Analyzing the Effect of Intravenous Iron Therapy on Hemoglobin Values in Chronic Dialysis Patients with Anemia and Elevated Ferritin Levels Pediatric Patients with End-Stage Renal Disease Receiving Peritoneal Dialysis: Evaluation of Ultrasensitive C-Reactive Protein as a Cardiovascular Risk Marker

Author(s): Evan Richard*

Functional iron deficiency, which happens when there are enough iron reserves but not enough circulating iron to provide Erythropoiesis-Stimulating Agents (ESAs) the potential to promote hematopoiesis, can cause anemia in dialysis patients. Although recent trials have indicated patients receiving IV iron had additional increases in Hemoglobin (Hgb) levels when ferritin was > 500 ng/mL, current guidelines do not support regular intravenous (IV) iron delivery when ferritin levels are more than 500 ng/mL. The goal of this study is to assess the effectiveness of IV iron treatment in chronic hemodialysis (HD) patients with increased ferritin levels by measuring the effect on hemoglobin levels.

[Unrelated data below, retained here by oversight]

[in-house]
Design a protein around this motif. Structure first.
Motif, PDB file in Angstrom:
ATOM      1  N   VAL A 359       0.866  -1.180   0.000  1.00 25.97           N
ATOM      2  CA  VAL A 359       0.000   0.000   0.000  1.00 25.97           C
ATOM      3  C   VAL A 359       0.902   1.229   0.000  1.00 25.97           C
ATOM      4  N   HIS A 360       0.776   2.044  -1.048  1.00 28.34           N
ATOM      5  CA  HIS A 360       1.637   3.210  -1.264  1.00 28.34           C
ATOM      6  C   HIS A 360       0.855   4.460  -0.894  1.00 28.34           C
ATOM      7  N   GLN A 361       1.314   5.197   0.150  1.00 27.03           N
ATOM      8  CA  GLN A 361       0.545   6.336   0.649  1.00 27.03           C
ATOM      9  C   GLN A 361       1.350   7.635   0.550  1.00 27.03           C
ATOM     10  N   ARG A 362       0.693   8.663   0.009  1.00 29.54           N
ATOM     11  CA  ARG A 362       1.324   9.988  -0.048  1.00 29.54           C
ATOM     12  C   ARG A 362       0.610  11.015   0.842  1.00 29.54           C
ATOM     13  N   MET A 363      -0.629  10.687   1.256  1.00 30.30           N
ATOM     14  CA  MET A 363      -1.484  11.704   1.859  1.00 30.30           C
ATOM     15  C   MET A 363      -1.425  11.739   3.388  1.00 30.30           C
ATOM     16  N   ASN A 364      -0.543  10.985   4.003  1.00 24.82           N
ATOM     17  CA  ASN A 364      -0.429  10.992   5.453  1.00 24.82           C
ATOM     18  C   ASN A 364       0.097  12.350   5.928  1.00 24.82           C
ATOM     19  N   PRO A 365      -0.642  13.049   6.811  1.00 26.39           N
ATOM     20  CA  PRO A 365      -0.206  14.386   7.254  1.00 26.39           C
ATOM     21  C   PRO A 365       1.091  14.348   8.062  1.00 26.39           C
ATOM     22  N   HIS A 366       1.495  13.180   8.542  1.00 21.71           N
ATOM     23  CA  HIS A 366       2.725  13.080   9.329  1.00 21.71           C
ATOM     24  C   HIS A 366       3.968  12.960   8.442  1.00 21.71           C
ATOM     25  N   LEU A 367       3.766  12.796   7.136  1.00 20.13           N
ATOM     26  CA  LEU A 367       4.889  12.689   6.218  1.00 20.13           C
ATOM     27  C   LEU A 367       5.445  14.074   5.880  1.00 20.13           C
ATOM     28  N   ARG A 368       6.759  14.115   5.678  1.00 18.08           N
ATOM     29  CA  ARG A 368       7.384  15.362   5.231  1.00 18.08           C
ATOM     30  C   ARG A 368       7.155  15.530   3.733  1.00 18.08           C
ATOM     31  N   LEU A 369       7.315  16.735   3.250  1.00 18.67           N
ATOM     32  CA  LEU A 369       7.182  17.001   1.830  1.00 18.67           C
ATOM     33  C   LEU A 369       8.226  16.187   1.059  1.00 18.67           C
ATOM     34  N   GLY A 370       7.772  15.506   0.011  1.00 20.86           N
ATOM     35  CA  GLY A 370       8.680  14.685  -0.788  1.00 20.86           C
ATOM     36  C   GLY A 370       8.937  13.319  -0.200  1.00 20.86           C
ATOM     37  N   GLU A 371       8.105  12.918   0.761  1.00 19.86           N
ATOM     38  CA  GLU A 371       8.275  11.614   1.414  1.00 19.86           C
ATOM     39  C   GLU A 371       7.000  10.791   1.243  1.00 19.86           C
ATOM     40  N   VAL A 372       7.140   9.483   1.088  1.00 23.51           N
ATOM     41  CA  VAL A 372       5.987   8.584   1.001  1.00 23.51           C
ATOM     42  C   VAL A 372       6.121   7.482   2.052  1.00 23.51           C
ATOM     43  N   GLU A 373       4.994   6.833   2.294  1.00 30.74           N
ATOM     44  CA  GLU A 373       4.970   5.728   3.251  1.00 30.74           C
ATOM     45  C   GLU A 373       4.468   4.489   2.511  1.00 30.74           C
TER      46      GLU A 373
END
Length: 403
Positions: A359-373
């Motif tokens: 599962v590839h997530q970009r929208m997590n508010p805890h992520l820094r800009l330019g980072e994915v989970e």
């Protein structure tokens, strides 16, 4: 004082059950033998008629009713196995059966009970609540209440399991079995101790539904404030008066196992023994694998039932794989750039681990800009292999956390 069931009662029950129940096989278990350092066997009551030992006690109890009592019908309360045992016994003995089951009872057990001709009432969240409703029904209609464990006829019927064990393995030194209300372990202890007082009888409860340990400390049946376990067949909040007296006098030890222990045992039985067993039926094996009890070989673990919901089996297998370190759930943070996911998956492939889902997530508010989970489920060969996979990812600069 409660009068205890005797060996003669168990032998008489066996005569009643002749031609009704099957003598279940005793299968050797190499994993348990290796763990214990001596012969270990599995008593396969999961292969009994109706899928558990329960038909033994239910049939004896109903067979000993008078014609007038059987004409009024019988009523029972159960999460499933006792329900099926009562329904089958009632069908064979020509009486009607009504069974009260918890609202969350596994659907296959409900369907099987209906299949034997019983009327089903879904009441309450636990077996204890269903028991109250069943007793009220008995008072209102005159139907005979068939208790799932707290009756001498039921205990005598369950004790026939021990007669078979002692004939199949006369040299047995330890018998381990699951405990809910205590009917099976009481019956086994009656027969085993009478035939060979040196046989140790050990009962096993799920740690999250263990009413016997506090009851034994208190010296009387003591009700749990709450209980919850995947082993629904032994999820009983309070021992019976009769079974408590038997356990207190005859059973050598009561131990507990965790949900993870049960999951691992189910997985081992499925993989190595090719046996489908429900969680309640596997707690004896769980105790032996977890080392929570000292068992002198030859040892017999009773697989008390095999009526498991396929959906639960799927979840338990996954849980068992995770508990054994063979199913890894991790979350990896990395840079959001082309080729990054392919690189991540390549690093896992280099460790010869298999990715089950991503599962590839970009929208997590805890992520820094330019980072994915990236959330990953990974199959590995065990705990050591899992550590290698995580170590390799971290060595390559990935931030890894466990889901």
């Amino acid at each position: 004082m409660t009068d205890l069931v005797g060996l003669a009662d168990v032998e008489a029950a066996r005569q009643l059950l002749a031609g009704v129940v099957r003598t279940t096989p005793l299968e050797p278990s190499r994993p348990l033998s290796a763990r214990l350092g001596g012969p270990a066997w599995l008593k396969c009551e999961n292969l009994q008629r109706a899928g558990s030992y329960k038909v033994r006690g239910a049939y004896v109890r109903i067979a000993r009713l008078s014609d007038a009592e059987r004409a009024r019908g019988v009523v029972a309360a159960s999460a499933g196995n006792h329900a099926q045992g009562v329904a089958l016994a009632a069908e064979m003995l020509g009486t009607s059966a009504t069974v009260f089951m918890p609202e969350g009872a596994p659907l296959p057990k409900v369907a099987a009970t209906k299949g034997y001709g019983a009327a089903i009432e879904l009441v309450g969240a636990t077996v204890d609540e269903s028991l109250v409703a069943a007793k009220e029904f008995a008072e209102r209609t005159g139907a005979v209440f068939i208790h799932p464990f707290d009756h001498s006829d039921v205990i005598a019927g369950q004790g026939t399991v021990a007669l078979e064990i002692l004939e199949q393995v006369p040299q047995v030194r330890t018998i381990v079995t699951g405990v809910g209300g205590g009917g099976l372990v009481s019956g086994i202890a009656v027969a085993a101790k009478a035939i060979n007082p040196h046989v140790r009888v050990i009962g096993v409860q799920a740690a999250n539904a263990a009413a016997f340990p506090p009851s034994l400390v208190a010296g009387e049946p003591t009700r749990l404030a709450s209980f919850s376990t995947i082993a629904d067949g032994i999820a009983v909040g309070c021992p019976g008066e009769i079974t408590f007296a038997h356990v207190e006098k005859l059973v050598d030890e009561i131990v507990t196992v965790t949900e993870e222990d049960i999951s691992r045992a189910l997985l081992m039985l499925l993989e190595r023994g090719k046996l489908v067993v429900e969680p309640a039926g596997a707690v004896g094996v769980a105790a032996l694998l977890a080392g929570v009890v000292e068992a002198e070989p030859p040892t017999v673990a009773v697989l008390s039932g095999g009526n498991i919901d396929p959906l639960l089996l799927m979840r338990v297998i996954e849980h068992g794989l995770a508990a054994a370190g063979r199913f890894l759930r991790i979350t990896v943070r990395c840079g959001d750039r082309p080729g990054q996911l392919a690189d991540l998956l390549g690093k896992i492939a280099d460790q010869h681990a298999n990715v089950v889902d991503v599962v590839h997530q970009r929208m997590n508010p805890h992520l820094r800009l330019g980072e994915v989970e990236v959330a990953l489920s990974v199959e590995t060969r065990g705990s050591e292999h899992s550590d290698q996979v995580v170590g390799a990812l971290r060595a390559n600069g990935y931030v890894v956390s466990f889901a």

Patients who underwent chronic hemodialysis (HD) from March 2001 to October 2009 and had baseline hemoglobin levels of 12 g/dl or less and were administered at least one gram of ferric gluconate, iron sucrose, or iron dextran over the course of a month were included in this retrospective analysis. The main goal was to assess the effectiveness of IV iron treatments on hemodialysis patients receiving epoetin alfa who had anemia and increased ferritin levels, as measured by a change in Hgb values during a 90-day period. Changes in ferritin and iron saturation at baseline and 90 days after IV iron treatment are examples of secondary outcomes.

12 patients from the ages of 2 to 17 were included; Blood pressure, a biochemical profile, insulin resistance (HOMA index), a blood count, a lipid panel, a parathyroid hormone test, a USCRP, echocardiography, and a carotid Doppler test were among the measurements taken.